Posted by Charles lwuoha | 20 December 2019 | 539 times
The Nigerian Army has offered free
medical services to no fewer than 640 residents in Adani community in Uzo-Uwani
Local Government Area of Enugu State.
During the outreach staged by the 82 Division of the Nigerian Army on Wednesday, the residents got 300 free pairs of eye glasses, HIV/AIDS tests, insecticide treated nets, physiotherapy massage and de-worming of children, as well as free drugs.
Speaking at the event, the Commander of 82 Division Garrison, Brig-Gen Sylvester Oloyode, said that the free medical outreach was part of the ongoing “Exercise Atilogwu Udo 1”.
Oloyede, who is also the Commander of Sector 5 of ongoing “Exercise Atilogwu Udo 1”, noted that the exercise was meant to further strengthen Civil-Military-Cooperation (CIMIC) in the Division’s area of responsibility in the South-East and Cross River.
“The exercise is meant to win the hearts and minds of the host communities and further provide them with some humanitarian and community assistance.
“It is also in line with the Chief of Army Staff vision for Nigerian Army to be responsive and cater for the welfare of the host community throughout the country,” he said.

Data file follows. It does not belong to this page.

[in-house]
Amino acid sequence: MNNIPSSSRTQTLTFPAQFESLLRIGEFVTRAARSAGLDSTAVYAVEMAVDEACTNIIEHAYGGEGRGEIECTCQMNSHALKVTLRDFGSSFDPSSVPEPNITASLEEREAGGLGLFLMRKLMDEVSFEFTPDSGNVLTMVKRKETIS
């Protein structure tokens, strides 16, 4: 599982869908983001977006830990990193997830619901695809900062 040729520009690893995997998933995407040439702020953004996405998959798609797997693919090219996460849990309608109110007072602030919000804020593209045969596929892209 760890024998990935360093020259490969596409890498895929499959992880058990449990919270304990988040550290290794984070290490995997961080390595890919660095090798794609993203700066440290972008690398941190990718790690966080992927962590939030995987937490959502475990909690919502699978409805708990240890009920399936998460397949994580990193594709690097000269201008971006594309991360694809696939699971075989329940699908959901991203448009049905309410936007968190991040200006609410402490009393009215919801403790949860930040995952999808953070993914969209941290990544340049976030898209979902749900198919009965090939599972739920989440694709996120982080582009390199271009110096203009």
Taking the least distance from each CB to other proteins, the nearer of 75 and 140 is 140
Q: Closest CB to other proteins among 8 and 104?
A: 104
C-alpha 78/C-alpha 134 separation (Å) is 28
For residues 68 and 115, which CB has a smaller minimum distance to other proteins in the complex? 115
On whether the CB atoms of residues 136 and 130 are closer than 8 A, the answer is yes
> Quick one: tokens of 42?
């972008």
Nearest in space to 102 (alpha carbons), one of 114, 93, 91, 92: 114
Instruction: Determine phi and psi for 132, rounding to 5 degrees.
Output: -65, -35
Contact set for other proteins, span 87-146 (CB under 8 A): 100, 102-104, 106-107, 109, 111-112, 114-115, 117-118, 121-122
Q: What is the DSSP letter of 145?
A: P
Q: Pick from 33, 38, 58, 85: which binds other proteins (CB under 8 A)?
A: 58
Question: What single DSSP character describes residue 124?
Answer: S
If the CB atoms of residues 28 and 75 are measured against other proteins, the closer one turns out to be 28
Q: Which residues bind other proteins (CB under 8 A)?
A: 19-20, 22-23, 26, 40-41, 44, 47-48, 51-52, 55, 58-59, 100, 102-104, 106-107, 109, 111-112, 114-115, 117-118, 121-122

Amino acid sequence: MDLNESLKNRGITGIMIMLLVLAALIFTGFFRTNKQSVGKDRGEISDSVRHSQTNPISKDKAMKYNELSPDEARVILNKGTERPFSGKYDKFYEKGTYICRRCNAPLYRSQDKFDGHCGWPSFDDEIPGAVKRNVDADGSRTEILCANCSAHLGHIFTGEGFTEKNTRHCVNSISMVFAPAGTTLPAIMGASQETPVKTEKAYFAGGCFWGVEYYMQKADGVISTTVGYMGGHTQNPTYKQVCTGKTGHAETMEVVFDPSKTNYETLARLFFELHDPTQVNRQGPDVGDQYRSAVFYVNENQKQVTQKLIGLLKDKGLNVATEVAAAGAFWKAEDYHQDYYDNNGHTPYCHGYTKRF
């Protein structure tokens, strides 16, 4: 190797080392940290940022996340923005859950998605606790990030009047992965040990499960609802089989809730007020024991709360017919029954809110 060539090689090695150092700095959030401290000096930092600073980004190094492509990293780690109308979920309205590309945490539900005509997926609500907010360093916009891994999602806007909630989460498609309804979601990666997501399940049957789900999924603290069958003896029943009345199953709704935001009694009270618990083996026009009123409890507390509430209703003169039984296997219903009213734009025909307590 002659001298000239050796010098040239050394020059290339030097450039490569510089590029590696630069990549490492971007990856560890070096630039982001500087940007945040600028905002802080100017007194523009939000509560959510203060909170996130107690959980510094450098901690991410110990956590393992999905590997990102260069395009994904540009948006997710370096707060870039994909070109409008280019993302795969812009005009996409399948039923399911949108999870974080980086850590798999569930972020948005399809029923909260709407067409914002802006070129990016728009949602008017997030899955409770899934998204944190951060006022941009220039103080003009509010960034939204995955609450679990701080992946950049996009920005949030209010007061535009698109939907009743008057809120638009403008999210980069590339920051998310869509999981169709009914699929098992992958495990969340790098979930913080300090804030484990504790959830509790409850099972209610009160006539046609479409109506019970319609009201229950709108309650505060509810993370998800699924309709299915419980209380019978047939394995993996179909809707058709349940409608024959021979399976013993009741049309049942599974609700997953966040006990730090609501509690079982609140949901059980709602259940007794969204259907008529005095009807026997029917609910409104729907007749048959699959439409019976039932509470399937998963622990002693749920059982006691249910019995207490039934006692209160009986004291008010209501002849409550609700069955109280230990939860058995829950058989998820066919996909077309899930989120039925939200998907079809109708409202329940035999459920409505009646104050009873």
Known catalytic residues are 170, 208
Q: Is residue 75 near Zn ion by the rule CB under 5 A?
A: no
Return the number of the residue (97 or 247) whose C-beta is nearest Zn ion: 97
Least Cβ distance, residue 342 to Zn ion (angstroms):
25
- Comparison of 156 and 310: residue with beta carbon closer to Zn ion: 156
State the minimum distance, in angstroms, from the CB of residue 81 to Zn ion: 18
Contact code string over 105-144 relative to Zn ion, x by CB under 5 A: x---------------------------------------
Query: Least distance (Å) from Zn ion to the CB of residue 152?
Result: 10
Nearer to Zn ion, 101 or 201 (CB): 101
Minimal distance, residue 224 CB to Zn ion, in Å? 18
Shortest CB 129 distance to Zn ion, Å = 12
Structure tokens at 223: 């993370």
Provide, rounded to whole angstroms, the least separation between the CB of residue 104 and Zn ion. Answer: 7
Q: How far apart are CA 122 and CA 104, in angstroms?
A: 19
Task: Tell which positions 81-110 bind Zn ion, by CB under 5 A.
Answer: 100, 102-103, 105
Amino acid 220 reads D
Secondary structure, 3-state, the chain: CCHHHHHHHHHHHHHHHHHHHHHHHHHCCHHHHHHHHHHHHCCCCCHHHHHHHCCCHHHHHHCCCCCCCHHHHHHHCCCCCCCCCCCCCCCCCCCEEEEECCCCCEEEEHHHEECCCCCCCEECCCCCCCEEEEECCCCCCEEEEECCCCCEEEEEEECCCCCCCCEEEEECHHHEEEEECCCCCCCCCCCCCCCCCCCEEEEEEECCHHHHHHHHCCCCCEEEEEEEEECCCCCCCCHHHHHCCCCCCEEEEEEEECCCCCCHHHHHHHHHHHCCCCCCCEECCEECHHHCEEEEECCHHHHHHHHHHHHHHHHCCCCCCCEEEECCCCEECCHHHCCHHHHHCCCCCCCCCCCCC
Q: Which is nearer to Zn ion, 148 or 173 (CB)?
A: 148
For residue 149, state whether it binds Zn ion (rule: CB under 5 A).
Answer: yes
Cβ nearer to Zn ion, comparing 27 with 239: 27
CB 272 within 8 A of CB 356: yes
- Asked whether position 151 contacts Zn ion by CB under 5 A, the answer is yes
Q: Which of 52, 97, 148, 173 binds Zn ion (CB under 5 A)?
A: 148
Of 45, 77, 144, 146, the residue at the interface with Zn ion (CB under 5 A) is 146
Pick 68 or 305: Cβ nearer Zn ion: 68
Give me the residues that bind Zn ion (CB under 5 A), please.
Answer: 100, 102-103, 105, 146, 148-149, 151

Igwe Patrick Ezeugwu, the traditional ruler of the community, lauded the Nigerian Army for taking the pain to reach the community notwithstanding its remoteness in the state.
“The community is overwhelmed with joy for such good tiding of sound health the army is giving us today as well as health counseling that comes with it,” Ezeugwu said.
A beneficiary of the exercise, Mr. Gabriel Okwor, said he was happy for the kind gesture of the Nigerian Army, adding: “This medical outreach will definitely go a long way to check health challenges of our people.”
“I pray that God will continue to grant the Nigerian Army successes in its campaigns and intervene in its challenges,” Okwor said.
Another beneficiary, Pa Anslem Ugwuanyi, said that he was grateful for the comprehensive eye check-up and pair of reading eye glasses given to him.
Ugwuanyi said that his impression of the army as a strict force had changed, adding: “From today, I now know that they are working for my interest.”The Commander of 82 Division Medical Services, Lt. Col. Ijoma Ijomanta, said that common illnesses diagnosed in the outreach included malaria, cataract and blood pressure.
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